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|Born: June 13, 1932|
Newberry, South Carolina
|Died: June 11, 2013 (aged 80)|
|August 15, 1969, for the Seattle Pilots|
|Last MLB appearance|
|August 20, 1969, for the Seattle Pilots|
|Runs batted in||0|
William Williams (June 13, 1932 – June 11, 2013) was a professional baseball player. He appeared in four games in Major League Baseball for the Seattle Pilots in 1969. He also had an extensive minor league baseball career, spanning eighteen seasons from 1952 to 1969.
After two seasons with the independent Norton Braves of the Mountain State League. Williams signed with the Cleveland Indians as an amateur free agent in 1954. Williams spent most of his eighteen seasons in the Indians' farm system in the outfield, however, he also played some first and third as well. He pitched in one game for the Hawaii Islanders in 1968, striking out two and not giving up a hit in two innings of work.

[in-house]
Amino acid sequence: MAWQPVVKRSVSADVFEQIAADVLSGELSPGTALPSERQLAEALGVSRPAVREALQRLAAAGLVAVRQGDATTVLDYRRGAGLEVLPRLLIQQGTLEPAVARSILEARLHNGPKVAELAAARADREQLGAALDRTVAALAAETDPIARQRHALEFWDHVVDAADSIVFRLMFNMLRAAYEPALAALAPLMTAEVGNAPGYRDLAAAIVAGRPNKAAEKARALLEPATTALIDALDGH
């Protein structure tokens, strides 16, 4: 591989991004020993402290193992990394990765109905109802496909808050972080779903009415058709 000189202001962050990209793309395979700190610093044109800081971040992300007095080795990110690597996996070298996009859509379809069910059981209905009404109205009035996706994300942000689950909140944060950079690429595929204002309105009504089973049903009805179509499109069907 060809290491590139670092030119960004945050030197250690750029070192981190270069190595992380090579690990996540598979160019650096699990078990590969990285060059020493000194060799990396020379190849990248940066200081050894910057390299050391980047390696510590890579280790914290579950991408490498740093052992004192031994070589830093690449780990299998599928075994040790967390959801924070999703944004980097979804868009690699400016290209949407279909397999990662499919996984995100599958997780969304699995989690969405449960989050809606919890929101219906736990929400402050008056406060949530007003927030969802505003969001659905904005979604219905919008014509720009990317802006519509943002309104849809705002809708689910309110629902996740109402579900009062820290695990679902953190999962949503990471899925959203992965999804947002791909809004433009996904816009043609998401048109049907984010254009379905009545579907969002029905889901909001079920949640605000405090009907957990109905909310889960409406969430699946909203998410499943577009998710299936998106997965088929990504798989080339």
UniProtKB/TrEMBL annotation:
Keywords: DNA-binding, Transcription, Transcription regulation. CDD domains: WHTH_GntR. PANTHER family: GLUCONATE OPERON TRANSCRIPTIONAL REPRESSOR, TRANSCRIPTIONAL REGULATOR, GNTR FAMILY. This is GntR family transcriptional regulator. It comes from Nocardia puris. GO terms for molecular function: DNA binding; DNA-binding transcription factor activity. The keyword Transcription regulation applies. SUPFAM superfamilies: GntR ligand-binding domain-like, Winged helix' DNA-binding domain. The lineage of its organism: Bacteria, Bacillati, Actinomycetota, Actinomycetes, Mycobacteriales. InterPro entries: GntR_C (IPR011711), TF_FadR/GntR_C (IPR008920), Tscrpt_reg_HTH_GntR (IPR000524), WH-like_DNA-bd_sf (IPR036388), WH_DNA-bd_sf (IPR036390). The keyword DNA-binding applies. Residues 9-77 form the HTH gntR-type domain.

During his brief major league career, Williams made twelve plate appearances, drawing a walk, but not collecting a hit in any of his official at bats. He was also hit by a pitch once, and scored his only career run on an ensuing Tommy Davis single. He was 37 years old when he made his major league debut.
Williams spent eleven seasons coaching in the Cleveland Indians organization. In 1990 and 1991, he served as a coach at the Major League level under John McNamara.
From 2000–2004, Williams coached hitting and third base, while also working with outfielders and base runners for the Sioux Falls Canaries. He became hitting coach for the American Association of Independent Professional Baseball's Sioux City Explorers in 2005, serving as interim manager for the last month of the season. His record was 44–52. In his final season with the Explorers, 2009, he served as bench coach.
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